"Why, Sir, you find no man, at all intellectual, who is willing to leave London. No, Sir, when a man is tired of London, he is tired of life; for there is in London all that life can afford." — Samuel Johnson
Just over a year ago I arrived in London (and more specifically New Cross), wide-eyed and ready for all the incredible experiences this global megacity would throw my way. My expectations of ‘London life’ were overwhelmingly positive, perhaps even a bit naive. A year ago I chronicled these feelings in the following blog post, entitled ‘New Cross Calling!’.
One year on and I’ve begun to ask myself: How much of that early enthusiasm and hope do I still maintain? Or has the excitement and gleam of moving to a new place worn its welcome and jaded my gaze?
First thing’s first, a disclaimer: One year is by no means enough time to become acquainted with a city as expansive, as diverse, and as deep as London. I’m sure there are people who have been here their whole lives, yet have only scratched the surface. So I won’t pretend to be omniscient about what London life is wholly comprised of, and what it means to those who live it. That would be a foolish claim. I will, however, give an update of sorts to my first analysis — one that is perhaps a bit more realistic of what London life entails as I see it.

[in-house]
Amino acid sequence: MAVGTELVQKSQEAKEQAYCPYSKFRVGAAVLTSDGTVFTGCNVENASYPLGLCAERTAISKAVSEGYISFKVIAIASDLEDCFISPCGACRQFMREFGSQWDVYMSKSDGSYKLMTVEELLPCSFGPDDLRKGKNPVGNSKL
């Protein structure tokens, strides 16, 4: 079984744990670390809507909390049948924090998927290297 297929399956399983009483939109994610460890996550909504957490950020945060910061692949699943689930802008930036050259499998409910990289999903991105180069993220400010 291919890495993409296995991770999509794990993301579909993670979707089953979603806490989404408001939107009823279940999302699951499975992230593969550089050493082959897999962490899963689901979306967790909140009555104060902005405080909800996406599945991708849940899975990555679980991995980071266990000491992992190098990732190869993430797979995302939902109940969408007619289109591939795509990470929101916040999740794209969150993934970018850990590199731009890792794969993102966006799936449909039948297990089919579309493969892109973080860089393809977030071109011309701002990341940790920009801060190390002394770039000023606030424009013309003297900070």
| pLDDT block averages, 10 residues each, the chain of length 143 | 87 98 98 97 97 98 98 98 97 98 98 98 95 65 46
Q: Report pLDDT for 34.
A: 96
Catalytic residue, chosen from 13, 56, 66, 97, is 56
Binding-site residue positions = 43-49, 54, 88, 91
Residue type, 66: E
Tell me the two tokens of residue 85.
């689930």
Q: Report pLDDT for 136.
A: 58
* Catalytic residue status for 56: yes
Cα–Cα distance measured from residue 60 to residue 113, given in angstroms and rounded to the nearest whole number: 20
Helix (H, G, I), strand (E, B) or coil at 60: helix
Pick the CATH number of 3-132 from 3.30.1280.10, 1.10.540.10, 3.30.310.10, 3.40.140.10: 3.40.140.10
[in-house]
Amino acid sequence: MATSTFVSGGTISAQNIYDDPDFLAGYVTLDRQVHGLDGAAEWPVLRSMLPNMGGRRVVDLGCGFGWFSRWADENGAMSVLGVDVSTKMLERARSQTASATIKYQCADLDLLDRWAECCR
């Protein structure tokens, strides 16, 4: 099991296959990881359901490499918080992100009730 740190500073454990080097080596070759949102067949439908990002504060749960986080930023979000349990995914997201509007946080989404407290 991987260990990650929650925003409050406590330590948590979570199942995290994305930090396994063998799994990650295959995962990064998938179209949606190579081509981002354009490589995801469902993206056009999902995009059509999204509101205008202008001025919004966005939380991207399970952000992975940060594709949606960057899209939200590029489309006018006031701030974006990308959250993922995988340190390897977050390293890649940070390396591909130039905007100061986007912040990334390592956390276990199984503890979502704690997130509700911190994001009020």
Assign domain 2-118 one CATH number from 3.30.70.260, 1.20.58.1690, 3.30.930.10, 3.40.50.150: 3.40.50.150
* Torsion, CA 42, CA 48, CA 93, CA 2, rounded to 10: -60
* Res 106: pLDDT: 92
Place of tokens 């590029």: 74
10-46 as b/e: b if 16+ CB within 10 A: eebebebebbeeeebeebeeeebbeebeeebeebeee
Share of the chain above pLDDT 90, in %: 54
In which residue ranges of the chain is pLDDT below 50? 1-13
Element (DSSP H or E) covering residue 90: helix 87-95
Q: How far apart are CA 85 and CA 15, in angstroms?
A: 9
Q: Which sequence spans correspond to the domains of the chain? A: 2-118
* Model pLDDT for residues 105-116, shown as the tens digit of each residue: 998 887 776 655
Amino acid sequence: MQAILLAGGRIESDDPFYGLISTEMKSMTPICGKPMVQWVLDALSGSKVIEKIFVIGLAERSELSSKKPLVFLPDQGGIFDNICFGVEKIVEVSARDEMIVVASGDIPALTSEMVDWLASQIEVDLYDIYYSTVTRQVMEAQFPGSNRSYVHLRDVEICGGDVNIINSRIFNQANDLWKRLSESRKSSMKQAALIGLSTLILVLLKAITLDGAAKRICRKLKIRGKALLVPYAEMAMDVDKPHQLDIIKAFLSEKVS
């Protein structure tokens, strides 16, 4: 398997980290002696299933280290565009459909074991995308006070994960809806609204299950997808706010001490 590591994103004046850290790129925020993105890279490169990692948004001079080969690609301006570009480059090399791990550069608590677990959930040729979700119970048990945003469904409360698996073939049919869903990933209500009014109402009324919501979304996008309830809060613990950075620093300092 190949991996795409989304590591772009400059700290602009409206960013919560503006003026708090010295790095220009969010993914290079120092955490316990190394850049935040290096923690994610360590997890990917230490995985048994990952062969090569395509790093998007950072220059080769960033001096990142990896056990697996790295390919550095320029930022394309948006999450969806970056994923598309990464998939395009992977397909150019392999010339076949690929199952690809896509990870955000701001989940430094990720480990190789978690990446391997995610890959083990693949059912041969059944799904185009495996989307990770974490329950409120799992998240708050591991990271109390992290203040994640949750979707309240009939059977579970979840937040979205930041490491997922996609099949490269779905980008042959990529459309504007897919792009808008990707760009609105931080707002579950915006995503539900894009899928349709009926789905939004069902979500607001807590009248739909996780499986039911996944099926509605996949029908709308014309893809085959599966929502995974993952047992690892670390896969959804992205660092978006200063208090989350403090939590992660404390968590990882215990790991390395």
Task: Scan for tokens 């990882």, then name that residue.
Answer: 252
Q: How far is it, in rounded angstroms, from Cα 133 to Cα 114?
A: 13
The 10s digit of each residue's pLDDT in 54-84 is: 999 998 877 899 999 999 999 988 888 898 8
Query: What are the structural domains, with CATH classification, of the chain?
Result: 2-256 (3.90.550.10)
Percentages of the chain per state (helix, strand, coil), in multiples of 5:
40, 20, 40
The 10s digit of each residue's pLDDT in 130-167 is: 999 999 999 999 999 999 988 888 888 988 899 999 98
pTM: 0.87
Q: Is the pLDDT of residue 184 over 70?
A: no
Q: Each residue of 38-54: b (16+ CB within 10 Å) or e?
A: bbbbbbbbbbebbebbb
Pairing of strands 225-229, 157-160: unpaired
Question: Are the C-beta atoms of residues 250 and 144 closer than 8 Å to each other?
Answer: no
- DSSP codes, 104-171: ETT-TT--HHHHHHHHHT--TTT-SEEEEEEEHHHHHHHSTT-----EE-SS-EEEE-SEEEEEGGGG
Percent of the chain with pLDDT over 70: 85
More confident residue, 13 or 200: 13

So to start, London is culturally, linguistically, socioeconomically, basically EVERYTHING-ly, incredibly diverse – I’d argue more so than any other city in the world. It’s the centre of so many different worlds — from academia to arts and culture, from business to gastronomy, and just about everything else you can think of. The only thing it’s missing is good weather, and if it had that well let’s just say London would win the entire universe. Given all this, there is always something to do, people to see, and places to visit. After all, as Samuel Johnson once said, “when a man is tired of London, he is tired of life.” I swear, I’ve been here over a year and haven’t even gone farther than Zone 5.